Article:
It’s no surprise kids that grew up in the 1990’s would be the last generation to play outside precisely because they did not have mobile devices. They learned from movement, hands-on interaction, and we absorbed information through books and socialization with other humans as opposed some sort of technology. If our current addictions to our iPhones and other tech is any indication, we may be setting up our children for incomplete, handicapped lives devoid of imagination, creativity and wonder when we hook them onto technology at an early age.As a mom of an 8 month old and a full time employee in the technology industry, I found this information very intriguing. I spend much of my time on a laptop and smart phone to access social media and email for both work and personal. My son, even at a very young age will try and grab the device, while his eyes are fixed on the lights and motion. It is definitely hard to figure out what is a respectable amount or age your child should be engaged with technology. Today, most schools (elementary, middle and high) expect homework and assignments to be done via the internet, many even give students iPads. With that being said, you would most likely want your child to have some knowledge of technology so they do not fall behind. A very smart person once told me “this thing called the internet is not going away”. In fact, it is getting faster, we are using more bandwidth and more platforms and apps are popping up daily. Technology is changing, how we raise our children is changing and we as parents need to continue to change and learn with and for our kids. Understand the social media platforms and monitor their accounts and how much time is spent on non educational sites. As a parent, sometimes it’s hard to know how to handle technology in our own lives, yet alone the lives of our children. What are the benefits? What are the costs? When is it too much? There are no easy answers. And no one answer is right for everyone.
The American Academy of Pediatrics and the Canadian Society of Pediatrics state infants aged 0-2 years should not have any exposure to technology, 3-5 years be restricted to one hour per day, and 6-18 years restricted to 2 hours per day. Children and youth use 4-5 times the recommended amount of technology, with serious and often life threatening consequences.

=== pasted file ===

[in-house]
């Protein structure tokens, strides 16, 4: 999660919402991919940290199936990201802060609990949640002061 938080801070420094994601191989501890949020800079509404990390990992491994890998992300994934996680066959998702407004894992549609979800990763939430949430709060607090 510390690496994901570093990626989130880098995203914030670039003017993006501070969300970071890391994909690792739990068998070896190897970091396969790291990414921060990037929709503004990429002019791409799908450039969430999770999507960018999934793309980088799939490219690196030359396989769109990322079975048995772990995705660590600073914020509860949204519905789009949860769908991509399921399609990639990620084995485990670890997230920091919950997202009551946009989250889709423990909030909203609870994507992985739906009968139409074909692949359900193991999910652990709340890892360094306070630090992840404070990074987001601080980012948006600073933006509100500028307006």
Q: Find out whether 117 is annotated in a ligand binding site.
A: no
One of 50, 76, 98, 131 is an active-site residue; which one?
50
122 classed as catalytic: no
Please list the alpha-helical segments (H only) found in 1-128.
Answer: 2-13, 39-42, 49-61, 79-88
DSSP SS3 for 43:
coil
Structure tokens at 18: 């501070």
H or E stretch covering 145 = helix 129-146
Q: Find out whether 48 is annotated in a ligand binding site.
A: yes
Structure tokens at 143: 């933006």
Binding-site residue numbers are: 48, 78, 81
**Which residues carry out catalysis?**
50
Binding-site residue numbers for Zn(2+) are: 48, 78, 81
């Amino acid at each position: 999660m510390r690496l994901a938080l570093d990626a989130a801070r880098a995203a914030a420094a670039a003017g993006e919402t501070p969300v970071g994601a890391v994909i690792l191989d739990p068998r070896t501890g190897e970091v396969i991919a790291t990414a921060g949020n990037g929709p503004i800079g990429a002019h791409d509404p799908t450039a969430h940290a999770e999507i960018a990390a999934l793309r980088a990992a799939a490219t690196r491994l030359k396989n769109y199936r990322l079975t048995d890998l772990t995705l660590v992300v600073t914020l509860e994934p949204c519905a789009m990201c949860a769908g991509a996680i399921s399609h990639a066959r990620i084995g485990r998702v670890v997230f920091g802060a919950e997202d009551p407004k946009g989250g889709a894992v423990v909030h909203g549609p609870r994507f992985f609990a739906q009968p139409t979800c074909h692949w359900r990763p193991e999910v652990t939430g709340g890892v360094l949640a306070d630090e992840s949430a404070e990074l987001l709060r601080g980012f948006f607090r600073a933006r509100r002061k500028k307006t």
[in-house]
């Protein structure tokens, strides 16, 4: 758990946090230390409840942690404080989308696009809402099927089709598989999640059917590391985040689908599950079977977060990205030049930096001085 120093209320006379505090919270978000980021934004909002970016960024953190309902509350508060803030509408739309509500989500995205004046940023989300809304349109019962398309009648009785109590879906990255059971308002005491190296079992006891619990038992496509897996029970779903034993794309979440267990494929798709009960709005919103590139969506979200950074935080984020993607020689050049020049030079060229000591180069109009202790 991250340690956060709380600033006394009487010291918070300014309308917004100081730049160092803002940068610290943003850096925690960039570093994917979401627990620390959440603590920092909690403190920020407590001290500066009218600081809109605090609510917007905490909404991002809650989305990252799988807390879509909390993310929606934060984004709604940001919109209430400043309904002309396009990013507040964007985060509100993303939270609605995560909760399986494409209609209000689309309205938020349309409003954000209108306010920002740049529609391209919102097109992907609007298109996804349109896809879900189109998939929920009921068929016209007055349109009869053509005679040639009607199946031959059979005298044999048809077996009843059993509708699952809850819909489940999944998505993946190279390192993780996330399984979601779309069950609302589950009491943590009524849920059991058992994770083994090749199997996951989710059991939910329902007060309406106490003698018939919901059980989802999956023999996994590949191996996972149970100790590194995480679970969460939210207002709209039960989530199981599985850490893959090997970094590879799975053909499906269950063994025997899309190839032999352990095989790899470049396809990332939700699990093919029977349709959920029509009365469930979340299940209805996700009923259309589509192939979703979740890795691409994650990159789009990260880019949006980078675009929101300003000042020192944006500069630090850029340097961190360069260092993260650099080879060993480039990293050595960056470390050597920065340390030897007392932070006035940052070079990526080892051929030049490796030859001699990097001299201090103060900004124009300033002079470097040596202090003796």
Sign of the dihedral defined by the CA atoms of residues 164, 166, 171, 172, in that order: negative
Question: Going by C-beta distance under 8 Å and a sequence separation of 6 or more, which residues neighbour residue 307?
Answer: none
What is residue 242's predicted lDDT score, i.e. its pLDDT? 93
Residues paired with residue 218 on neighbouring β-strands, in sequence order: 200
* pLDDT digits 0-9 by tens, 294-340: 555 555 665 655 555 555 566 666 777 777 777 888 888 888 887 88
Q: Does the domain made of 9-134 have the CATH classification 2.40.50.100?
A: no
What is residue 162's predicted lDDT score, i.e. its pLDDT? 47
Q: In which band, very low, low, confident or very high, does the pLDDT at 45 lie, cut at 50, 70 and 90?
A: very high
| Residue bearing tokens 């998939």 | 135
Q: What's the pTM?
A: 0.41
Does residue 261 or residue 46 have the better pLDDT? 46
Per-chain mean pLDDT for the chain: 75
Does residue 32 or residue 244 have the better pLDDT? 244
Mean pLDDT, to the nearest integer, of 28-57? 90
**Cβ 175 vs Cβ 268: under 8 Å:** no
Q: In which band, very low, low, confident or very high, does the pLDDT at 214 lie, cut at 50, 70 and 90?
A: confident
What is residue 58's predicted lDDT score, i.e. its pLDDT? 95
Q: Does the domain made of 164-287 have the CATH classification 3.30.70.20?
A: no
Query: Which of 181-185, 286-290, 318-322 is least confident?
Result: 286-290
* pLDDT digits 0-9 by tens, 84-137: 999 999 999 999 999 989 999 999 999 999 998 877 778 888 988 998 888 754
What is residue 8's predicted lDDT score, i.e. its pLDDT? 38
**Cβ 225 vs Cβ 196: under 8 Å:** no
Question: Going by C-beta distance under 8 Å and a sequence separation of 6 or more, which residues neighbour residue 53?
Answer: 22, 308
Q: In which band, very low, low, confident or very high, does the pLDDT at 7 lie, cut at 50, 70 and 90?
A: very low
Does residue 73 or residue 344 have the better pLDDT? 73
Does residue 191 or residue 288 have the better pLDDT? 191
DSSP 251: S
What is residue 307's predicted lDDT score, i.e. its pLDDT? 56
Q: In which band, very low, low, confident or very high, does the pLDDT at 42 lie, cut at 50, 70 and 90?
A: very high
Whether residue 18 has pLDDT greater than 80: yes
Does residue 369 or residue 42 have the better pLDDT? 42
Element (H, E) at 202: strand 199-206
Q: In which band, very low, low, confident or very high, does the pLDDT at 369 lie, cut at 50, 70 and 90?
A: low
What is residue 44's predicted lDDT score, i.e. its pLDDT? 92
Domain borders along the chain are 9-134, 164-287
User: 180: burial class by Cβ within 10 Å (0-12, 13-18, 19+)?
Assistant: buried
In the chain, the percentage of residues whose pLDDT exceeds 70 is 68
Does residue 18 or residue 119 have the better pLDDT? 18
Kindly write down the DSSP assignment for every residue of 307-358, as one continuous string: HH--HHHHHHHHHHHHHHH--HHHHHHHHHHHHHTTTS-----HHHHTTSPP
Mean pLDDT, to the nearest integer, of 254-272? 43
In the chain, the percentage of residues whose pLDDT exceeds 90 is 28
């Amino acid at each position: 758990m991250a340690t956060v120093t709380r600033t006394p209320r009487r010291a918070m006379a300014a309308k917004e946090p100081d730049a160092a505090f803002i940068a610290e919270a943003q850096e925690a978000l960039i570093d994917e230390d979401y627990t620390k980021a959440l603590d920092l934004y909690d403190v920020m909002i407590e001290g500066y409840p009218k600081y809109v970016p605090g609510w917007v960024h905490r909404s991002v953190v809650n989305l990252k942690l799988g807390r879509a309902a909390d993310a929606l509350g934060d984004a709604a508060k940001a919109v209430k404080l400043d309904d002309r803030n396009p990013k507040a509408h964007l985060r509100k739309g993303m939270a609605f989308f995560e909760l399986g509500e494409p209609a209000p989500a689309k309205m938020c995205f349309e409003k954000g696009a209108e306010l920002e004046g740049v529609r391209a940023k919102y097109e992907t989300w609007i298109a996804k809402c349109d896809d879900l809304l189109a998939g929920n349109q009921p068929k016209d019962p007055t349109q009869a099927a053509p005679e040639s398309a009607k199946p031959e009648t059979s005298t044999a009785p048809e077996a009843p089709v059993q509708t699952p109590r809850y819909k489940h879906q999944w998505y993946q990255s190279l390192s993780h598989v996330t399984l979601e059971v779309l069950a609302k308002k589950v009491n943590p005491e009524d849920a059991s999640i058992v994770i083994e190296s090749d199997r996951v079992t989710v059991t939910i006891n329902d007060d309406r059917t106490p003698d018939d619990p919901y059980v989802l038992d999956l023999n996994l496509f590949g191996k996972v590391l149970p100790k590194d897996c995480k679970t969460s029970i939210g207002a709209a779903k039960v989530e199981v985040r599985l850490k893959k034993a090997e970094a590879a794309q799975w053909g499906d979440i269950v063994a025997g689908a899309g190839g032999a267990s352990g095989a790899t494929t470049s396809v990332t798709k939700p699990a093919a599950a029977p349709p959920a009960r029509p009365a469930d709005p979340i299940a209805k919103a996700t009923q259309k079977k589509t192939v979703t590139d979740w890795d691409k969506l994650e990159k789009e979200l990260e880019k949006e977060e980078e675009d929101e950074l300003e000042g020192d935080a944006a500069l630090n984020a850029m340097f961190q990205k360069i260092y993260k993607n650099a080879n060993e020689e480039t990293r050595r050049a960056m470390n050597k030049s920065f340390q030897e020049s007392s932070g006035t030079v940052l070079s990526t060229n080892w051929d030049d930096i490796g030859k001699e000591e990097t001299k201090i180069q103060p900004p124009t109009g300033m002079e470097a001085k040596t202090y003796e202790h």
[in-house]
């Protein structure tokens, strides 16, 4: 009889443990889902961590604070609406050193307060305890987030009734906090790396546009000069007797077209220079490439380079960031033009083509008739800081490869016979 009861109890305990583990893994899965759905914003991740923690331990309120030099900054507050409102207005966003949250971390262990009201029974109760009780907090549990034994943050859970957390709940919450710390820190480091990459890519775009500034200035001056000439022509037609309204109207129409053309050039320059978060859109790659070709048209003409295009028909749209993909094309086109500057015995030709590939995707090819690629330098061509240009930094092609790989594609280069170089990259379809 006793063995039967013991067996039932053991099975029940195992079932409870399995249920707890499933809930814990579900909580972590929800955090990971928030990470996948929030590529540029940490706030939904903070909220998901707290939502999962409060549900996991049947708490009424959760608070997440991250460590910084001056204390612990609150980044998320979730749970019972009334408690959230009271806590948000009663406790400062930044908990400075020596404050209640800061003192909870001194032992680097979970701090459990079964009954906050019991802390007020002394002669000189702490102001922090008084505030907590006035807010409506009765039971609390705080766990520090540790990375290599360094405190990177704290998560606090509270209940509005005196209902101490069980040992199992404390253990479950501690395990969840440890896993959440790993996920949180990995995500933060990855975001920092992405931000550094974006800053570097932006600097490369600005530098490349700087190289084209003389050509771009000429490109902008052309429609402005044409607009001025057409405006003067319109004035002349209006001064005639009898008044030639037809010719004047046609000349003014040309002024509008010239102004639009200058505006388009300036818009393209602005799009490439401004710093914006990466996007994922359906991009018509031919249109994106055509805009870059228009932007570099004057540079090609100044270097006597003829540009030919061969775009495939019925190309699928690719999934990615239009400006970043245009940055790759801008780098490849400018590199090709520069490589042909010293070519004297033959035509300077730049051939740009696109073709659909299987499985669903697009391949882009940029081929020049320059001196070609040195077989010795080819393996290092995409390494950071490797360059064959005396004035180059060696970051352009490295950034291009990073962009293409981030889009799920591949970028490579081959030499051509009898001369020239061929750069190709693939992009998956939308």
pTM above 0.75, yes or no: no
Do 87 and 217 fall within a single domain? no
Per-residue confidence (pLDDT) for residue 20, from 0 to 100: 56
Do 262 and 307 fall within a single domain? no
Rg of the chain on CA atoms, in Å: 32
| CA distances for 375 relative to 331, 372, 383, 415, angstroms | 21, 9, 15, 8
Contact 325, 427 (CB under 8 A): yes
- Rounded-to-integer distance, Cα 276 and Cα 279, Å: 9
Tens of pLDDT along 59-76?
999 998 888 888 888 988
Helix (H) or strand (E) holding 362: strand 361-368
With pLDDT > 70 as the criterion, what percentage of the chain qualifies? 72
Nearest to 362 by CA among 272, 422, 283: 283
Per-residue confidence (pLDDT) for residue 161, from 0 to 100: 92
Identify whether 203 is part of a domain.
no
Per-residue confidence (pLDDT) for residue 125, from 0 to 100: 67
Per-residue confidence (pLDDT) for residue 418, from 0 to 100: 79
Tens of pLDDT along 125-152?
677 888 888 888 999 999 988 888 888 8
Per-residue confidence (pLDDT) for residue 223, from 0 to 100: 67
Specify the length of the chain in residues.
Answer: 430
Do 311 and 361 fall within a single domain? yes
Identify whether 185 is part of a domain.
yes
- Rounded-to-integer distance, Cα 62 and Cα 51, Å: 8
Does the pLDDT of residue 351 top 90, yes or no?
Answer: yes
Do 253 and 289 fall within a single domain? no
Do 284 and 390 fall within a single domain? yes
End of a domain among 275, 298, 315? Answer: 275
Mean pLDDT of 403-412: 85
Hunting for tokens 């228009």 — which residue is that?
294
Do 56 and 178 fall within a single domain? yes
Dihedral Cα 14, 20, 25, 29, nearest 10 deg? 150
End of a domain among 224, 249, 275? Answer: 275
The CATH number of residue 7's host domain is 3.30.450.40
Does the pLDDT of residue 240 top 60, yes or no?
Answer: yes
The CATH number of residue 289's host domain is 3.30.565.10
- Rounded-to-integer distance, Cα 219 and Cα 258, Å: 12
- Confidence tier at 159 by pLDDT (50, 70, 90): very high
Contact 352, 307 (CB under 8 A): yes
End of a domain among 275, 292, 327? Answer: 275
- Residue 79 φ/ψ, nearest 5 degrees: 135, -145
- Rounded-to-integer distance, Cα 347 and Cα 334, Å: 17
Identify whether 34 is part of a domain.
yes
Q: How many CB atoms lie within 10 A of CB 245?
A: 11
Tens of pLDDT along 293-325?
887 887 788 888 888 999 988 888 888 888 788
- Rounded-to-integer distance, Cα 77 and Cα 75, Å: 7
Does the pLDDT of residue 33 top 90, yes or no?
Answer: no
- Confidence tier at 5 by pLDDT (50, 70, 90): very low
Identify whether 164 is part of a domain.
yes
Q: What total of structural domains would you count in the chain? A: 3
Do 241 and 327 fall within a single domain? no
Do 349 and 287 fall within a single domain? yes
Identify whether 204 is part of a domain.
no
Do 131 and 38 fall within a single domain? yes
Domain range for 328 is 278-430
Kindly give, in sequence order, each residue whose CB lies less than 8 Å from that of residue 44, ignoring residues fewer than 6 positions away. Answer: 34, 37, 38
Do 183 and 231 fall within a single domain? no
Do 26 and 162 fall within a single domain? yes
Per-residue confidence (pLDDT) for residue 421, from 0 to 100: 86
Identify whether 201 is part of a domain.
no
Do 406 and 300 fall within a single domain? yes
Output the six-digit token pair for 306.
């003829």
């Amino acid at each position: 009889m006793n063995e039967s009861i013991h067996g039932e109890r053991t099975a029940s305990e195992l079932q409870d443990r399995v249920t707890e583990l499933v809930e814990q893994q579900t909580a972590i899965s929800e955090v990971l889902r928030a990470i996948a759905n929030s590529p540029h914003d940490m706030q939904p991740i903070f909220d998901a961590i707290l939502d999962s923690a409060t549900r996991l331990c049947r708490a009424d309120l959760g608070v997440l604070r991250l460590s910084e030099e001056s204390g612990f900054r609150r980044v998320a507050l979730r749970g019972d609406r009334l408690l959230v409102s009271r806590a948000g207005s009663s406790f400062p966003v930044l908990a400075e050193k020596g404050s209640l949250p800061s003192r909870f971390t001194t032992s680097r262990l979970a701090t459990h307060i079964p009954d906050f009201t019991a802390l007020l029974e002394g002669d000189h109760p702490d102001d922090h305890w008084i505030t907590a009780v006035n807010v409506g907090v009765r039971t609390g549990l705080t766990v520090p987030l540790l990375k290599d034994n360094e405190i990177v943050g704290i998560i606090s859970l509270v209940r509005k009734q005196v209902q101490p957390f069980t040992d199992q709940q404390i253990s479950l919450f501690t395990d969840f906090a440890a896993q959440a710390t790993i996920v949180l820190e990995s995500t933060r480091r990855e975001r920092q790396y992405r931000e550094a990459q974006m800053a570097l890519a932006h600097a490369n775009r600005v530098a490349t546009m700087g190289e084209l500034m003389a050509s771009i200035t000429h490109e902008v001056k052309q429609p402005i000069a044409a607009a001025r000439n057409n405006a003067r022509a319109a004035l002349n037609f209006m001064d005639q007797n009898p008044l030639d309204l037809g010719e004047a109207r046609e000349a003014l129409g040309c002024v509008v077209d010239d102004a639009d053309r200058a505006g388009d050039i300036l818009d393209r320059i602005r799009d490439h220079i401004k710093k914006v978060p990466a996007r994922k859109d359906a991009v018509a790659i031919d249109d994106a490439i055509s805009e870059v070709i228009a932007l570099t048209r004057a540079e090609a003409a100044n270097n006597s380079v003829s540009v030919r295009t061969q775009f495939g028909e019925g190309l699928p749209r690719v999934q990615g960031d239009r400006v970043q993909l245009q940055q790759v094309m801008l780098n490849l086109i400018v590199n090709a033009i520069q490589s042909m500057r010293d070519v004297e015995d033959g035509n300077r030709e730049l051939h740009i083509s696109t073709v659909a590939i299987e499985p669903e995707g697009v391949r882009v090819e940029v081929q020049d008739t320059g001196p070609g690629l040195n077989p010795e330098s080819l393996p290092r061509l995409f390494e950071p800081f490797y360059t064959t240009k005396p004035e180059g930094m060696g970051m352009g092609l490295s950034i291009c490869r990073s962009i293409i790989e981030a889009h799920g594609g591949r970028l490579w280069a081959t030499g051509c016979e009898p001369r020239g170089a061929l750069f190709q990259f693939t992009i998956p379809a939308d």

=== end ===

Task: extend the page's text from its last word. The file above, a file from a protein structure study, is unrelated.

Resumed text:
Technology Use Guidelines for Children and Youth
Here are some questions to consider:
- Are you comfortable with the amount of time your child spends on electronics?
- Do you understand the capabilities of all the devices your child uses, know how to view past usage and monitor how time with the device is being spent?
- How much of your child’s learning opportunities come from electronics vs. experiential experiences?
- Are other areas of your child’s development (physical, emotional, social) being neglected because of electronic usage?
- Is electronic usage limiting your child’s exploration into other aspects of life?
- Is family time and/or communication interrupted or non-existent because everyone prefers electronic engagement?
- Are you aware of how screen time is affecting your child, is there a marked change in mood, aggressiveness or withdrawal?
- What kind of messages are you sending your child about using electronics?
- If you’re not happy with what you’re seeing, what small steps could you take to manage screen time for your family?
– Written and posted by Jan Cloninger and Rosemary Strembicki
Learning in different ways has helped us become more well-rounded individuals — so, should we be more worried that we are robbing our children of the ability to use technology all day, or should we be more worried that we would be robbing them of a healthier, less dependent development if we do allow them to consistently be connected? Consider not giving kids every fancy device we’ll have while they are growing up. Play outside with them and surround them with nature; they might hate you, but they will absolutely thank you for it later.
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